A research report released last week on the supposed cyber vulnerabilities of St. Jude Medical’s devices not only jeopardizes a pending $25 billion acquisition of the company by Abbott Laboratories, it opens a worrisome new front on cybersecurity-related risk.
While reports on cybersecurity vulnerabilities are nothing new, this report on St. Jude was released not by a cybersecurity firm, but by Muddy Waters Capital LLC, an investment firm that simultaneously announced that it had taken a significant short position in St. Jude.
The report stated, without disclosing a lot of technical detail, that there were security failures in St. Jude’s pacemakers and defibrillators (such as lack of encryption) that theoretically could allow unauthorized devices to communicate with the devices and cause potentially fatal disruptions. Muddy Waters could be certain that such a disclosure would capture the imagination of an average stockholder: a 2012 episode of Homeland featured exactly this plot, complete with a pacemaker-wearing Vice President. Shares of St. Jude were down almost 8 percent in heavy trading immediately following the report.
Truly muddying the waters, the report was a collaborative effort between the firm and MedSec Holdings, a group of white-hat cybersecurity researchers with a history of ethical hacking and sound research in the medical device space. MedSec not only brought its findings of the cyber vulnerabilities in St. Jude’s devices to Muddy Waters’ attention, it also struck a deal with the firm to consult on the research report, and now stands to earn a percentage of profits from the firm’s short-selling strategy. MedSec CEO Justine Bone claims that this was the only way to hold St. Jude accountable, as companies are too incentivized to “sweep this under the rug,” to the detriment of patients.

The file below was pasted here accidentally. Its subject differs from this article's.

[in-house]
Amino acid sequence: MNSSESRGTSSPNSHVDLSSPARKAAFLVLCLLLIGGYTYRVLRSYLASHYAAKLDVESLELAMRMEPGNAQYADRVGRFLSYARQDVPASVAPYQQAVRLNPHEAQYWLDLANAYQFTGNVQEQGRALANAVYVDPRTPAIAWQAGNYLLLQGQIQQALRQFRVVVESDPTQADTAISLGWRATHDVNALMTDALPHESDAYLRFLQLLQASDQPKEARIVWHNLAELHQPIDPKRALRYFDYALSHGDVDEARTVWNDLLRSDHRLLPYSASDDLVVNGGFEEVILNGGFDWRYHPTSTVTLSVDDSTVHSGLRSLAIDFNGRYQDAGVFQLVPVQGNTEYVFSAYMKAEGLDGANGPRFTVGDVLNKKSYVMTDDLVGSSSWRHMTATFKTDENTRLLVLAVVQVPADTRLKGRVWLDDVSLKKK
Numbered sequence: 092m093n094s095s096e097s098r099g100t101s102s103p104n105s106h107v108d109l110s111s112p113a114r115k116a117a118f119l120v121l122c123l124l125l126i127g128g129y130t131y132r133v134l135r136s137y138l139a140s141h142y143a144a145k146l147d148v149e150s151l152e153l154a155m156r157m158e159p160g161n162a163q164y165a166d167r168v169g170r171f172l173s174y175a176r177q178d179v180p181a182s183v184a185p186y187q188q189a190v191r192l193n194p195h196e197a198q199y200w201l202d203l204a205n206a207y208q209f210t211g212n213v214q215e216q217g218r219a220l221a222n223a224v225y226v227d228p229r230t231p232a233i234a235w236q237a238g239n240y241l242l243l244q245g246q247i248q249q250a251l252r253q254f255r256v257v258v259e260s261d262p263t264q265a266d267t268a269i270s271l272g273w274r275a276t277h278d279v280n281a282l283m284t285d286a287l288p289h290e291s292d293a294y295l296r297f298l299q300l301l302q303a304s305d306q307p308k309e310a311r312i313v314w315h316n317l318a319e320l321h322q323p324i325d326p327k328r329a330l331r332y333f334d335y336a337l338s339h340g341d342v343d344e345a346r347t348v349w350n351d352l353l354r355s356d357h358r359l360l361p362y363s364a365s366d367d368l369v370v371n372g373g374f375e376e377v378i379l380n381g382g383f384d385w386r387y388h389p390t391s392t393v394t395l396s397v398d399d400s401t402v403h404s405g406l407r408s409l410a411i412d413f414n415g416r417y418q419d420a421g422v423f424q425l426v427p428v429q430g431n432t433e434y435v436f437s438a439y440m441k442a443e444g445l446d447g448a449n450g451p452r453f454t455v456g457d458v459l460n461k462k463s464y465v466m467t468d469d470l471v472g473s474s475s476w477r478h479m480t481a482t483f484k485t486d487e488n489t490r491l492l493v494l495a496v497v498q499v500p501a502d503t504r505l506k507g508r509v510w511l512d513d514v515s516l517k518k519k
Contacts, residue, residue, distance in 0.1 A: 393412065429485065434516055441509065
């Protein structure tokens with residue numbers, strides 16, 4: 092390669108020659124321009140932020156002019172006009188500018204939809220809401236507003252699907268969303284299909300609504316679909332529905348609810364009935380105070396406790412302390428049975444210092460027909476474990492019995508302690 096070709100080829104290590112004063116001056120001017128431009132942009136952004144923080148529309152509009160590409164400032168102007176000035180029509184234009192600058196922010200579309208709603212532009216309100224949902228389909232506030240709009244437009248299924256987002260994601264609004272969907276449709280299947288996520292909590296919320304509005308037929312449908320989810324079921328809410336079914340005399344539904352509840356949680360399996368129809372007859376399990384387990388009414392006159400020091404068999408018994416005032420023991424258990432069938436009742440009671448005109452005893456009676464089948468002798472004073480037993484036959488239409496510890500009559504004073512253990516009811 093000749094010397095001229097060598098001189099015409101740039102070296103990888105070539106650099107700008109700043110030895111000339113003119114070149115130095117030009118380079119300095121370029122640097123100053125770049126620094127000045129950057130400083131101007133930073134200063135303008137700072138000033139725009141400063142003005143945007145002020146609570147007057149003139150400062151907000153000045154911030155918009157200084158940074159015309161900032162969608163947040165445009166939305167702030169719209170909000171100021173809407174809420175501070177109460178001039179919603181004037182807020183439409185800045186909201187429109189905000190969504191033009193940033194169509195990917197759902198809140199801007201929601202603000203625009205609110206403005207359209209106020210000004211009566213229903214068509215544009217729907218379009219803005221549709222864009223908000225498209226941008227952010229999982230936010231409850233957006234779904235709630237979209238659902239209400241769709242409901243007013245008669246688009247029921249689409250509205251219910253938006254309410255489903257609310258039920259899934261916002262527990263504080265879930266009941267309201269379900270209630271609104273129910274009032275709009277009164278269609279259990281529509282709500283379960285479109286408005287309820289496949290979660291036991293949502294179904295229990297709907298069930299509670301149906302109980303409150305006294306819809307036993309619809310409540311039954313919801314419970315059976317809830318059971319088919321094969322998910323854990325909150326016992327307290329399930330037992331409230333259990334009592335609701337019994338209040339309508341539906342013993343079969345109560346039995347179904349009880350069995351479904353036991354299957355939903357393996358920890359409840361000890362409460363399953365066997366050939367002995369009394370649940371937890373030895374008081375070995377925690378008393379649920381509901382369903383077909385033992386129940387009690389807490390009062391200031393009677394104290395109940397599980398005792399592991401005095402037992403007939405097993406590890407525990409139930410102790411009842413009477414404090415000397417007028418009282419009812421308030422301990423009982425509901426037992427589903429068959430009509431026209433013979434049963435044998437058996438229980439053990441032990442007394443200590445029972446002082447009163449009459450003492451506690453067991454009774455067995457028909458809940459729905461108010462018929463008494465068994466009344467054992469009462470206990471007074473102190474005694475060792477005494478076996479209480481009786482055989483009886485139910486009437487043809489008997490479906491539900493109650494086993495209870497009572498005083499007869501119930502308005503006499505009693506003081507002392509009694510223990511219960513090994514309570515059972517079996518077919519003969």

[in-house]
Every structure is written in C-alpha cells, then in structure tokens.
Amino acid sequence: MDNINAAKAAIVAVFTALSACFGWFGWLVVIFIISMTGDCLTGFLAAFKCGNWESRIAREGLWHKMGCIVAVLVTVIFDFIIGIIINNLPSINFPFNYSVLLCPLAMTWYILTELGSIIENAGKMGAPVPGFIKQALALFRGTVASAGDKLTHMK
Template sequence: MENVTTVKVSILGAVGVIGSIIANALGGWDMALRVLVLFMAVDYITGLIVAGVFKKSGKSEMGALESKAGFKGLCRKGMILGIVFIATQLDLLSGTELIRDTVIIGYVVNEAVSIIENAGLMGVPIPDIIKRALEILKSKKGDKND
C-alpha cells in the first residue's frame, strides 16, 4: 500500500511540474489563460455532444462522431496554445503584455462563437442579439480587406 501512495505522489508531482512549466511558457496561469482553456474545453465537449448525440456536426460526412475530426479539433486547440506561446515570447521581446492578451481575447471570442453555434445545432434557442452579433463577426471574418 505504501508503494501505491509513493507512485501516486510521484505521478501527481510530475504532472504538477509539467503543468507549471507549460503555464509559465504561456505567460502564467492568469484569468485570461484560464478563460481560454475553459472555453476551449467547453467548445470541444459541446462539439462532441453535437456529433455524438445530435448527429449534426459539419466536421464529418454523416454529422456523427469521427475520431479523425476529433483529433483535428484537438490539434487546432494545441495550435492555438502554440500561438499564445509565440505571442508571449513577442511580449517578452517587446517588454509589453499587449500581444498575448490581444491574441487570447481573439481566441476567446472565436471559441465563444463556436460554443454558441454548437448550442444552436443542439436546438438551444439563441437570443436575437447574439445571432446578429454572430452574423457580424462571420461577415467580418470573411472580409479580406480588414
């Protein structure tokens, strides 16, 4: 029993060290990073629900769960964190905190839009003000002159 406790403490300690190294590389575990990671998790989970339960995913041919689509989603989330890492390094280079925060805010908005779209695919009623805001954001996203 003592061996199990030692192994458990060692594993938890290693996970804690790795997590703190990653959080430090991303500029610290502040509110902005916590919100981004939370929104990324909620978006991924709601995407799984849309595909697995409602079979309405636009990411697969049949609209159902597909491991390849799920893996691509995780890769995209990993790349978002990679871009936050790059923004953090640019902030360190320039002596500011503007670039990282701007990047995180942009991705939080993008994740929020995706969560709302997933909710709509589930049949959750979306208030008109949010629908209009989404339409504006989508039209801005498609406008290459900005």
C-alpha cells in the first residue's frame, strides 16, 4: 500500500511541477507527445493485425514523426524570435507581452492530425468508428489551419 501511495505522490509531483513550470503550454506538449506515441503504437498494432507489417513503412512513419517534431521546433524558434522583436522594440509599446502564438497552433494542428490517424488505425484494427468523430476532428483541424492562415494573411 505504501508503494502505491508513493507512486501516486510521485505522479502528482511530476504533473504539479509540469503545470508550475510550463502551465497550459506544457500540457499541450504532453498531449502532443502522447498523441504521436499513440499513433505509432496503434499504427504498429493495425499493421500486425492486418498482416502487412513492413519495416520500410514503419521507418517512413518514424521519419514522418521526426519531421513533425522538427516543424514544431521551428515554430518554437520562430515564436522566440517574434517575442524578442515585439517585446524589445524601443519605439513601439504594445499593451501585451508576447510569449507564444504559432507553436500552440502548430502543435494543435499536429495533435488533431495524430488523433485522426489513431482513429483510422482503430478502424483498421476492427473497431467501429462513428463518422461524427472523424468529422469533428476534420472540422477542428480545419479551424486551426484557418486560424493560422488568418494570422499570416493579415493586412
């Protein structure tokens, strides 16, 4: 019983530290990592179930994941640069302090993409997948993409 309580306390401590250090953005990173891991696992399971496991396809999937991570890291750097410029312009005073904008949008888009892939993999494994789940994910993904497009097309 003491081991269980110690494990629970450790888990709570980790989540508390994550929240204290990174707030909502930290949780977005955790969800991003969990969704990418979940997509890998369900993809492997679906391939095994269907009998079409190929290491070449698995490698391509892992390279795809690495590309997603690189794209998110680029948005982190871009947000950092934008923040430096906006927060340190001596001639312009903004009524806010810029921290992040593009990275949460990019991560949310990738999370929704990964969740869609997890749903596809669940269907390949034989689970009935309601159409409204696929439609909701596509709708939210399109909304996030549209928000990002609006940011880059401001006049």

For practitioners, this dizzying interplay of issues—cybersecurity disclosures, medical device hijacking, publicly-traded securities, high-stakes deals, and ethical hacking—presents a rich opportunity to study how judges and federal agencies will respond. Already, the FDA has announced that it would investigate the claims made in Muddy Waters’ report; the SEC can’t be far behind. Litigation, too, seems all but certain.
For many hackers, however, this boils down to just another new way to make quick money, this time off of the securities markets. But unlike the hackers in the Newswire hacks, white-hat cybersecurity researchers like MedSec have traditionally played a vital role helping companies fix their bugs before the bad guys find them and exploit them for profit. By joining forces with short-sellers to partake in the profit—and in doing so mimicking similar market-moving attempts such as the Valeant/Citron Research and Herbalife/Pershing Square fact patterns—the St. Jude report may be the most impactful way to induce companies to improve on cybersecurity, but it certainly raises fresh questions about the ethics of white-hat hacking, especially in an industry where the stakes of life and death are not hyperbole.
For publicly-traded companies of all walks and industries, this episode underscores the need for a swift response plan to mitigate the fallout from a similar disclosure, which could include a drop in share price, break-up of a pending deal, shareholder litigation, and even scrutiny from the government. At the same time, companies falling under this kind of spotlight need to take the utmost care in crafting a public response to ensure that no false or misleading statements are inadvertently made in the critical hours and days following such a report, especially while an investigation is underway and the facts are still fluid. Of course, a robust approach to implementing cybersecurity measures in all aspects of one’s network infrastructure and connected devices is always a foremost priority. But recognizing that no plan is foolproof—and that hackers, whatever color hat they’re wearing, are a motivated lot—companies can learn some valuable lessons from last week’s developments and prepare for the worst.